Summer Safety for You and Your Kids
In the summer of 2003, the Nebraska Poison Center in Omaha received a call about a 4-year-old girl who was stung on the tongue by a bee while sipping from a soda can. She was treated in the emergency room for swelling not only to the tongue, but to her lips and up to her eyes -- signs of a serious allergic reaction.
Other symptoms of an allergic reaction are hives, itching, rash, difficulty breathing, vomiting, and shock. Most reactions to bee stings are mild, but severe allergic reactions lead to between 40 and 50 deaths each year. An allergic reaction can occur even if a person has been stung before with no complications.
Bee sting prevention and treatment
To keep bees away, wear light-colored clothing and avoid scented soaps and perfumes. Don't leave food, drinks, and garbage outdoors uncovered. Treat a bee sting by scraping the stinger away in a side-to-side motion with a credit card or fingernail, and then washing the area with soap and water. Pulling the stinger or using tweezers may push more venom into the skin. For any bug bite or sting, ice or a cold compress and over-the-counter pain-relieving creams or oral Benadryl can help. The aloe gels mentioned above can also help neutralize bee sting toxins.
Watch for signs of allergic reaction to stings, which typically happen within the first few hours. If your child’s lips or tongue begin to swell, or if he or she complains of tightness of the throat or difficulty breathing, go to the emergency department or call 911 immediately. If you or your child has ever had a severe allergic reaction to a sting (meaning trouble breathing or throat swelling), experts recommend carrying two epinephrine auto injectors such as EpiPen. Epinephrine supports blood pressure, increases heart rate, and relaxes airways. Any time you have to use epinephrine, you should immediately call 911 or proceed to the emergency room.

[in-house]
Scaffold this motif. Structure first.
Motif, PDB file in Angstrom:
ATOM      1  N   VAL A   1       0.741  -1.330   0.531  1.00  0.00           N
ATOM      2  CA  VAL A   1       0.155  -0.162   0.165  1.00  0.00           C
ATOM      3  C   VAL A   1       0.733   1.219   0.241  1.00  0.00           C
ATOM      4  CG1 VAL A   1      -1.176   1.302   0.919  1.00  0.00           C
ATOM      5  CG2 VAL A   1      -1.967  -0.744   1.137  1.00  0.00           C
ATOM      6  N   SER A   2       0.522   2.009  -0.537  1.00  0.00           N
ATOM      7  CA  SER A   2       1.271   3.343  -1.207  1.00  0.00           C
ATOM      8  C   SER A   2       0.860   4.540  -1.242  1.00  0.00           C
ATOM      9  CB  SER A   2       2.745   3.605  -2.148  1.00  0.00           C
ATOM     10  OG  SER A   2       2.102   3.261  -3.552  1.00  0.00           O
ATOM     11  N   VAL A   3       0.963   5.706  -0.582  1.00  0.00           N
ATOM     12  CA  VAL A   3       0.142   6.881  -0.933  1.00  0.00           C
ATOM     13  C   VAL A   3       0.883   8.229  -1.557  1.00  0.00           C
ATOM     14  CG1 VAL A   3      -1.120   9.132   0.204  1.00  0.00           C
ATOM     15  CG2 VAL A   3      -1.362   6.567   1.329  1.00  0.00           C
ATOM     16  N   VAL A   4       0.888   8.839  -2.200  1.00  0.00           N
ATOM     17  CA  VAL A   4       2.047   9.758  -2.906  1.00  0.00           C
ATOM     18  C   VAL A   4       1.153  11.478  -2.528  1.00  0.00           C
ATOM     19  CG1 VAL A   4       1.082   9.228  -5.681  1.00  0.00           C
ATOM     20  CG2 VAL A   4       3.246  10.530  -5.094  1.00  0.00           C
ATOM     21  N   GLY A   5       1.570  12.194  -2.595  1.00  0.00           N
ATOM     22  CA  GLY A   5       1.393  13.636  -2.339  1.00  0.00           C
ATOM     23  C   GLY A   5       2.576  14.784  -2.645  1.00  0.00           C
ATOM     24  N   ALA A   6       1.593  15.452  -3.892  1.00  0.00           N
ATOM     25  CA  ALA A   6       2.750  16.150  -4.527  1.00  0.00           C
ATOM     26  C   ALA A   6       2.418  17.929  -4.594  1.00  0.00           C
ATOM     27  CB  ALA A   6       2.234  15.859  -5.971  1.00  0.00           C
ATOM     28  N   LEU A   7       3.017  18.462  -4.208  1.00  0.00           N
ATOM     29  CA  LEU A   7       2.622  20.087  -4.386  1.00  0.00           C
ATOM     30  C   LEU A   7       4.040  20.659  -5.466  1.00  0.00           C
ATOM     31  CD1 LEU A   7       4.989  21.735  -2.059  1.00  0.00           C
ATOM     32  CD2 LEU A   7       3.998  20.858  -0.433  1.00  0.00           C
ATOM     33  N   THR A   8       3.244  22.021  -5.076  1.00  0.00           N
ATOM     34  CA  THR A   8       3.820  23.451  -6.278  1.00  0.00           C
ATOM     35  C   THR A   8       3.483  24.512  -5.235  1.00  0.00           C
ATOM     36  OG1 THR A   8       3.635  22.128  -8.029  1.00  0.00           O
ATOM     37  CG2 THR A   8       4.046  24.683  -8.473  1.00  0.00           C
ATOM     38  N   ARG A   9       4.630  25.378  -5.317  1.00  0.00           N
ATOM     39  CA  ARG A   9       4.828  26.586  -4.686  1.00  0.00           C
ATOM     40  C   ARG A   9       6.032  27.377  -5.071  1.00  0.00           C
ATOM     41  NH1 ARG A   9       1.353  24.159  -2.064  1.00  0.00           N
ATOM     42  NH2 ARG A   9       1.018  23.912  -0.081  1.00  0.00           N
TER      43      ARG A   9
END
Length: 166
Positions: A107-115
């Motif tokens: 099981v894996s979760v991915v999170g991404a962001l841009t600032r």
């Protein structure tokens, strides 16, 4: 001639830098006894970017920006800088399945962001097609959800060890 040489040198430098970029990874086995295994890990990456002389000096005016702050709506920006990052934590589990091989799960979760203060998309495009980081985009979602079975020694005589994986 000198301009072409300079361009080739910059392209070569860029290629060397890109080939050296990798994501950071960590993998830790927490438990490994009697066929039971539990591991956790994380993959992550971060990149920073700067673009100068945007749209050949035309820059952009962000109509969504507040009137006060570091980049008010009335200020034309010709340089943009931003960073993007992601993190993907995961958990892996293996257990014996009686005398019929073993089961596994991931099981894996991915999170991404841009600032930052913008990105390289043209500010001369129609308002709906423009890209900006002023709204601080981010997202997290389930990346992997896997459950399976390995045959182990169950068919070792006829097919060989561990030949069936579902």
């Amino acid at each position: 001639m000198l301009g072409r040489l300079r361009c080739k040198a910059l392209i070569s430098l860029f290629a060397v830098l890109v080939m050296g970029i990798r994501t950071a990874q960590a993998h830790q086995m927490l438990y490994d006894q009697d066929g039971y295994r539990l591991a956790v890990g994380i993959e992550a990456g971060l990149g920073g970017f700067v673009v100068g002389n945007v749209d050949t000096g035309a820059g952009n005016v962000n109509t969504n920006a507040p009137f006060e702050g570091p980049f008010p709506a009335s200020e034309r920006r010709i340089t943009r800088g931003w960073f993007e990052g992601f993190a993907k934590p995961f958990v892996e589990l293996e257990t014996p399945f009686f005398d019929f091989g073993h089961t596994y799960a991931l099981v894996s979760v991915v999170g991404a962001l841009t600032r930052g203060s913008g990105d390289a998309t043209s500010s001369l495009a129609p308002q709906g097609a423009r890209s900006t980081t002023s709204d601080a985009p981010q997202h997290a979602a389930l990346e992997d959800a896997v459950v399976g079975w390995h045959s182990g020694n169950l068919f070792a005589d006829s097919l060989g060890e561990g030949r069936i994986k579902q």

In August 2001, Tracey Jaurena, an athletic trainer in Coalinga, Calif., was working on a football field when a friend called her cell phone number. The caller said Jaurena's son Abe, 12, had collapsed during practice nearby with his youth football league.
"When I got there, Abe's face was blotchy and I kept calling his name, but he couldn't answer me," she says. Jaurena cooled Abe down until emergency workers arrived and he was treated for dehydration at the hospital.
Normally, the brain’s thermostat regulates body temperature by increasing blood flow to the skin and sweating. During heat illness, the body's cooling system malfunctions, and core body temperature goes up. Mild symptoms of heat exhaustion include thirst, fatigue, and cramps in the legs or abdomen. Left untreated, heat exhaustion can progress to heat stroke. Serious heat-related symptoms include dizziness, headaches, nausea, vomiting, rapid heartbeat, decreased alertness, and a temperature as high as 107o F. In severe cases, the liver, kidneys, and brain may be damaged as proteins in the body break down. About 400 people die each year from heat stroke, according to the CDC.